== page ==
MEDIA RELEASE: On Veterans Day, remember struggles of jobless veterans

With federal backing for unemployment benefits set to expire soon, national lawmakers should honor veterans with continued support

RALEIGH (Nov. 11, 2011) – On Veterans Day 2011, more than 850,000 veterans are without jobs. To truly honor those who served, analysts say, lawmakers should act now to help vets facing unemployment.

Federal support for extended unemployment benefits will expire at the end of Dec. 2011, impacting tens of thousands of North Carolinians – including the very veterans we honor today. The NC Budget & Tax Center, a project of the NC Justice Center, released a profile of unemployment in North Carolina veterans this morning.

As of October 2011, 859,000 veterans from all wars and other service periods were without jobs. This is roughly equivalent to 171 brigades of the U.S. Army. To put that number in perspective, there were 23 combat brigades deployed in Afghanistan as of Sep. 2009.

The joblessness crisis is increasing among veterans. Between Oct. 2010 and Oct. 2011, the unemployment rate for veterans serving after Sep. 11, 2011 increased by 1.5 percent, to 12.1 percent from 10.6 percent. In 2010, 8.2 percent of all veterans in the Old North State were without jobs while the rate for the nation is slightly higher at 8.5 percent.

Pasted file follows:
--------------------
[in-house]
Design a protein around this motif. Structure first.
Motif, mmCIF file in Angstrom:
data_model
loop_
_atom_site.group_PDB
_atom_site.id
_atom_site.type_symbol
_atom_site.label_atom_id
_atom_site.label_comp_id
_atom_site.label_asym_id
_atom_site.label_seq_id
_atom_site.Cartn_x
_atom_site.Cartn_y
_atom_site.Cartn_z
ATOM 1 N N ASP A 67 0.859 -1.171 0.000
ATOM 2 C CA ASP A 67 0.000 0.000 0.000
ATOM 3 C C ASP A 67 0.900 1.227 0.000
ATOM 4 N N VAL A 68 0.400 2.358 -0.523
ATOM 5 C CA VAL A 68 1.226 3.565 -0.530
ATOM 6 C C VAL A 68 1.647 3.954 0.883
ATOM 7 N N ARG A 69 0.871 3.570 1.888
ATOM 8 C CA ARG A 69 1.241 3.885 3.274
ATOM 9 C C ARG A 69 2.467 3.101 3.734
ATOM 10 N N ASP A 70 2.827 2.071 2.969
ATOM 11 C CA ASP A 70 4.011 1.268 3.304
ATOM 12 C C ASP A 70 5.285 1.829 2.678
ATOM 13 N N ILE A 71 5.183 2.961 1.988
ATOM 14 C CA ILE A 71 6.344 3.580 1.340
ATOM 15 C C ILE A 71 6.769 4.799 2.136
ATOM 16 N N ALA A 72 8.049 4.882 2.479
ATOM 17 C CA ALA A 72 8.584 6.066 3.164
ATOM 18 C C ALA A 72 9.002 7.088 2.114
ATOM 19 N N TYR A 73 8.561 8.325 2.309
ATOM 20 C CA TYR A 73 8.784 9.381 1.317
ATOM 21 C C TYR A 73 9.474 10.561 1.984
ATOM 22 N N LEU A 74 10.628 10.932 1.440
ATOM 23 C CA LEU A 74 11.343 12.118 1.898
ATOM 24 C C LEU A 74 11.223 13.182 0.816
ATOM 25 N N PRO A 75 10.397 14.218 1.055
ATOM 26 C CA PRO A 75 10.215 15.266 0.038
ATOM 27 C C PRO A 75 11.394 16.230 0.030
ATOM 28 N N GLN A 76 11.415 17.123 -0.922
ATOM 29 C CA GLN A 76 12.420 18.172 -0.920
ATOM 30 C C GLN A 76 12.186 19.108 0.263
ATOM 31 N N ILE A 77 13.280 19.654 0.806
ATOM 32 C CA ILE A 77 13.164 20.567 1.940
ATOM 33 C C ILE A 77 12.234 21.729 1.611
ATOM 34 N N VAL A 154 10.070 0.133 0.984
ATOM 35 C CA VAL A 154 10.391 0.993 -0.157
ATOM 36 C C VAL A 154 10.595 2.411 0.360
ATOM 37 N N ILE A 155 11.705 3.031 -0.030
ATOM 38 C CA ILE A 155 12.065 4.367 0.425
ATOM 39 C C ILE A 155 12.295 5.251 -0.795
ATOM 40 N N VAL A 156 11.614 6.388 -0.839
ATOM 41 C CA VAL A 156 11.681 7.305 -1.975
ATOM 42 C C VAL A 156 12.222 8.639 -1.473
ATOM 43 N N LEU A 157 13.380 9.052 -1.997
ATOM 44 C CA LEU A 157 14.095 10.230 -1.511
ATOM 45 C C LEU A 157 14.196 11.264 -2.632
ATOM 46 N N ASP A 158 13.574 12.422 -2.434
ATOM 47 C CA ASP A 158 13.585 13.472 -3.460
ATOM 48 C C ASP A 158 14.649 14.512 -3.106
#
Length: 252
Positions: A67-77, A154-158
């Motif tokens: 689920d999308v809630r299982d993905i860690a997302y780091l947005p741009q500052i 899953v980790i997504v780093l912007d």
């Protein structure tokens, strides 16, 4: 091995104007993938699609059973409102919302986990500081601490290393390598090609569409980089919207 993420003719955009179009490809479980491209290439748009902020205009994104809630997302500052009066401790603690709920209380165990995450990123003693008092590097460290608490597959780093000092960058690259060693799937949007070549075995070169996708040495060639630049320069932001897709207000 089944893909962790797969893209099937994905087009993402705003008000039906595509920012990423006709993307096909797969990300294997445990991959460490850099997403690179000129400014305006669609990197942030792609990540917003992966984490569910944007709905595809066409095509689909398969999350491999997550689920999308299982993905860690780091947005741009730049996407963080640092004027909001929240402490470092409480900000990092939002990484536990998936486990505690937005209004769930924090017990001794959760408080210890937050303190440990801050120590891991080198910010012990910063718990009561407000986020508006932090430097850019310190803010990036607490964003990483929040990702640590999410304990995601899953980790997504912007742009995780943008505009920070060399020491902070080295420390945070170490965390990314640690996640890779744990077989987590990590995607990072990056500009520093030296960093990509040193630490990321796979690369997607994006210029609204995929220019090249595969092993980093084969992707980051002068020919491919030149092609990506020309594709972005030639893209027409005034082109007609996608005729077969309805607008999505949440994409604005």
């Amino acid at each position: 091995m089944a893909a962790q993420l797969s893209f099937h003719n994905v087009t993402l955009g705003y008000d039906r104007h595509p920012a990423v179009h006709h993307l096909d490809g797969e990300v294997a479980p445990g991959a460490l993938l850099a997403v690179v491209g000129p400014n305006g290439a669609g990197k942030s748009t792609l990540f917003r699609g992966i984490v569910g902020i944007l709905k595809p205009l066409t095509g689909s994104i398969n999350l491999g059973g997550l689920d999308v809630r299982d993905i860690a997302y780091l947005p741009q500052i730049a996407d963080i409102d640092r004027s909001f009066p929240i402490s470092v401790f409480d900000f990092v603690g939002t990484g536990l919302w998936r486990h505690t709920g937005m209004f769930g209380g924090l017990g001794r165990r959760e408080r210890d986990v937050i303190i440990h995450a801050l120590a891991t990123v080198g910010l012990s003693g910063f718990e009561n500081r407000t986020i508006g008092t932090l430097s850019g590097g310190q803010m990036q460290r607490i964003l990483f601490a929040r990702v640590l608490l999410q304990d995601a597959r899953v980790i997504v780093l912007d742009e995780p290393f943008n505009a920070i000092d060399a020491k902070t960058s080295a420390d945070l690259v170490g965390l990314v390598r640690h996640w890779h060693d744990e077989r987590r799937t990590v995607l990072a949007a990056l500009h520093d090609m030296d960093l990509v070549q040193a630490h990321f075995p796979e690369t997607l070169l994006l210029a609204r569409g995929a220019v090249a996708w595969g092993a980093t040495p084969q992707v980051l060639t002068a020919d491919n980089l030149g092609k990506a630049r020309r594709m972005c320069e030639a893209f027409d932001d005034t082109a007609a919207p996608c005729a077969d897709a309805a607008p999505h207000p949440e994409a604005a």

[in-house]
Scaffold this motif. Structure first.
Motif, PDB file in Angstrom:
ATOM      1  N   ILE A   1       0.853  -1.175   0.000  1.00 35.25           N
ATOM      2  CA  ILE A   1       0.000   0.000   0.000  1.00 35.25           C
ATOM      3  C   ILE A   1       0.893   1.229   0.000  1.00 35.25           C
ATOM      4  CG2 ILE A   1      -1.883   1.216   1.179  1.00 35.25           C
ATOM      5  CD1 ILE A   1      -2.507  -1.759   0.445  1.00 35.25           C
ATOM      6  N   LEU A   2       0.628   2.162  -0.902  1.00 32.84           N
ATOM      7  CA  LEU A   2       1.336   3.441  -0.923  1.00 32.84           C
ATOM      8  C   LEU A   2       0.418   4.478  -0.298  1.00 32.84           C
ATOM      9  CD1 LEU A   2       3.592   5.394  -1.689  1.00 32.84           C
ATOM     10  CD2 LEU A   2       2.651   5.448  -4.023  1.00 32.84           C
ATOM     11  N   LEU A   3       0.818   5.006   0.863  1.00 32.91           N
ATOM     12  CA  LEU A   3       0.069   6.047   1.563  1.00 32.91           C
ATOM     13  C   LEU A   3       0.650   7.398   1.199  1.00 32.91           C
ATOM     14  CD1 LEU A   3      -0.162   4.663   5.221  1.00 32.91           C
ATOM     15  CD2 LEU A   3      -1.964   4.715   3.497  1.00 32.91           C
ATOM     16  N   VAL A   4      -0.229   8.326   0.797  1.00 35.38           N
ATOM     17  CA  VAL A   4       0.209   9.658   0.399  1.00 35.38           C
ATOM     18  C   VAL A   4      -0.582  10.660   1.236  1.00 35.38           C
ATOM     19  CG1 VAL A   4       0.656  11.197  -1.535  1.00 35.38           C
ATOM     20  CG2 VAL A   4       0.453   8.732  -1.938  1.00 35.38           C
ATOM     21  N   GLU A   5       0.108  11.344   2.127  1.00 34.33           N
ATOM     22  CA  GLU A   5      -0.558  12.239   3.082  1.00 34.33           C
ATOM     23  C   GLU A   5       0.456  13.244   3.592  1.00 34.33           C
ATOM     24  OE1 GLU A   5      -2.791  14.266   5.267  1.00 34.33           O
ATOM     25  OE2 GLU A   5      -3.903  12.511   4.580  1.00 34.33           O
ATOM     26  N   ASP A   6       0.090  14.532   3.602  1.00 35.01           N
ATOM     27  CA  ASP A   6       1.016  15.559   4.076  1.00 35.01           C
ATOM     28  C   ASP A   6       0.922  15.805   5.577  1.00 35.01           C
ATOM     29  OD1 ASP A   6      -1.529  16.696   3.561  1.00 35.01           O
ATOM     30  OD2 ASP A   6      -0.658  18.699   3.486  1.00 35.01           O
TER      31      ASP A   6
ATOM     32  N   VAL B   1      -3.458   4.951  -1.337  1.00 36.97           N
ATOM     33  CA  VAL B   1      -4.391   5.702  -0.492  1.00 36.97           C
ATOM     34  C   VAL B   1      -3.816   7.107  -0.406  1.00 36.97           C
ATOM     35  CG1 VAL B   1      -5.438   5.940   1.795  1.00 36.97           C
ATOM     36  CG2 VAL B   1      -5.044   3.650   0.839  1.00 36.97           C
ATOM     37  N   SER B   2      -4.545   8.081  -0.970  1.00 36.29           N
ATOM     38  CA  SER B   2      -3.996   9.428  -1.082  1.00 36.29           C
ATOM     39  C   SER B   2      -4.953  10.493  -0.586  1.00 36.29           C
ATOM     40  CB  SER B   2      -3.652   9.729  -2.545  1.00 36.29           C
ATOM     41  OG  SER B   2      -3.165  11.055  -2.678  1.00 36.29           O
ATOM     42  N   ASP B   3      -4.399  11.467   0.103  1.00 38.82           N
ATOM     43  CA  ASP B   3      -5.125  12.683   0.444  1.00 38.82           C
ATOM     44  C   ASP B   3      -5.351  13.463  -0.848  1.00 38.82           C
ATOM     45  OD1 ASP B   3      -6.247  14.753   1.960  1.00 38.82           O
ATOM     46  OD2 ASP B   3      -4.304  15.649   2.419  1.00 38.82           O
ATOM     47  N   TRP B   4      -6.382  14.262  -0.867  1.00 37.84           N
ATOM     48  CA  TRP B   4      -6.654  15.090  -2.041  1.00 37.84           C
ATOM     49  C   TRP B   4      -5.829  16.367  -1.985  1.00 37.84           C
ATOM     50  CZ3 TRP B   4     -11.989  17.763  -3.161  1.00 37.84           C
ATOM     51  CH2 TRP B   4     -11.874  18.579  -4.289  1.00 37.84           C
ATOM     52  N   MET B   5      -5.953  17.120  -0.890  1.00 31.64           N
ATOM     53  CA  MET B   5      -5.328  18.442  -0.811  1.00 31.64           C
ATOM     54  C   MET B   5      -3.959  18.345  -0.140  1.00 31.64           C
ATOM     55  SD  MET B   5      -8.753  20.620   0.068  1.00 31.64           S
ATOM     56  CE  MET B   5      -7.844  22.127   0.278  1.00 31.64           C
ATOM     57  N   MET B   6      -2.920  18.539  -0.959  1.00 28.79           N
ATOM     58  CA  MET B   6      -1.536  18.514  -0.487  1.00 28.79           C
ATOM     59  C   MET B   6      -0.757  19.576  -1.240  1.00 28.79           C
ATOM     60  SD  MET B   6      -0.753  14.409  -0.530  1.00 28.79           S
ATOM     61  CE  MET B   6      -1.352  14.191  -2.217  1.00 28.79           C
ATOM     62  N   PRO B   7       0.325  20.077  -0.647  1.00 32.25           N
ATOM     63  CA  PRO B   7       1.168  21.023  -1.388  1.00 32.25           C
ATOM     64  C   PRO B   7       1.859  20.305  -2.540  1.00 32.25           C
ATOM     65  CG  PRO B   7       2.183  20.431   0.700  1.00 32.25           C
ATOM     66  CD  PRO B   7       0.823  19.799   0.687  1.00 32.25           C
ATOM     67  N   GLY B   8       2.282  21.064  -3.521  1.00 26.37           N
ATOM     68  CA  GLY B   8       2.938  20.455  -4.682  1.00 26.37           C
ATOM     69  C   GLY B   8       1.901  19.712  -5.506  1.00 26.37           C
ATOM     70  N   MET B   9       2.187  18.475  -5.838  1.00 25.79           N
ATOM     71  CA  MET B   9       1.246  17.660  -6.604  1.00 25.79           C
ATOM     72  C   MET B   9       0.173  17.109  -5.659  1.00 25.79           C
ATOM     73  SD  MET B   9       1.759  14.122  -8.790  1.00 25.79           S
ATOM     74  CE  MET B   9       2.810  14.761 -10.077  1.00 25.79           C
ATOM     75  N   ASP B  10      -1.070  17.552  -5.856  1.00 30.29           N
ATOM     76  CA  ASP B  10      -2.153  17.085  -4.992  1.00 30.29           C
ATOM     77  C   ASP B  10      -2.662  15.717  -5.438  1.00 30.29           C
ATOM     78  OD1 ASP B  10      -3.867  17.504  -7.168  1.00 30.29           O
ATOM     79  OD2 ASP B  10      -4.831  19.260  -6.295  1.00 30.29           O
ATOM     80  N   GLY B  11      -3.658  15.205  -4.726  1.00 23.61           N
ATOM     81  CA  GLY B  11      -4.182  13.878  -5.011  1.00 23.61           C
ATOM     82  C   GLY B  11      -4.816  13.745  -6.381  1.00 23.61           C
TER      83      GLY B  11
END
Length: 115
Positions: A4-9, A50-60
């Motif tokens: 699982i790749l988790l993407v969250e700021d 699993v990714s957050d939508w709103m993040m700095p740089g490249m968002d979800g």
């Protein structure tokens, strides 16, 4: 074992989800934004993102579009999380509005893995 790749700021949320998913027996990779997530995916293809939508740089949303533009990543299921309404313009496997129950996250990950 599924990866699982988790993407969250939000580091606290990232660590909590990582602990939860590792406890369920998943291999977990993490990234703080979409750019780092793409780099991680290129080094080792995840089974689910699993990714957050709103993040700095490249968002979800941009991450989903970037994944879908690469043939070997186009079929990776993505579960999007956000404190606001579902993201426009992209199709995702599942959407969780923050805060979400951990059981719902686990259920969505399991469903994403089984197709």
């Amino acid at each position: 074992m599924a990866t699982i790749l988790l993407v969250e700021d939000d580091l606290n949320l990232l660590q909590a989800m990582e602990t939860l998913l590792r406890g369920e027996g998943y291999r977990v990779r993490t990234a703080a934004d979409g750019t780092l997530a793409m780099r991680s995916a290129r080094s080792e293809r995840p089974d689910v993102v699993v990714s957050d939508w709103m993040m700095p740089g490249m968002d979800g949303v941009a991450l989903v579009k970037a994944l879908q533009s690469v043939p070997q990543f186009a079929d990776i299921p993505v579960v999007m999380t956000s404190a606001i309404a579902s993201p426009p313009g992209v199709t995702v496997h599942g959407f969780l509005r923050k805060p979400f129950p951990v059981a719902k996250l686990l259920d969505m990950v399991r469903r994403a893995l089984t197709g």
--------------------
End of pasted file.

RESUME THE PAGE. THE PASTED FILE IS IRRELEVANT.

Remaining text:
“Veterans in North Carolina have fared better than the nation at large,” said Alexandra Forter Sirota, Director of the NC Budget & Tax Center, “but our veterans here continue to experience persistent joblessness as well, which harms families across the state.”
Tens of thousands of North Carolinians, including veterans, will be harmed if federal lawmakers allow unemployment benefits to expire. In Jan. 2012 alone, 69,700 North Carolinians will be affected by the loss of unemployment benefits.

Federal legislation allows states to receive full federal funding for extended unemployment benefits for 34 to 73 weeks after state unemployment programs have been exhausted. In North Carolina, unemployment benefits last 26 weeks. The National Employment Law Project has a petition encouraging lawmakers to extend the badly-needed benefits.

FOR MORE INFORMATION CONTACT: Alexandra Forter Sirota,, 919.861.1468; Jeff Shaw, Director of Communications, NC Justice Center,, 503.551.3615 (cell).

The N.C. Budget and Tax Center—a project of the N.C. Justice Center—seeks to create economic opportunity and shared prosperity for all North Carolinians through non-partisan research, education and advocacy on budget, tax and economic issues.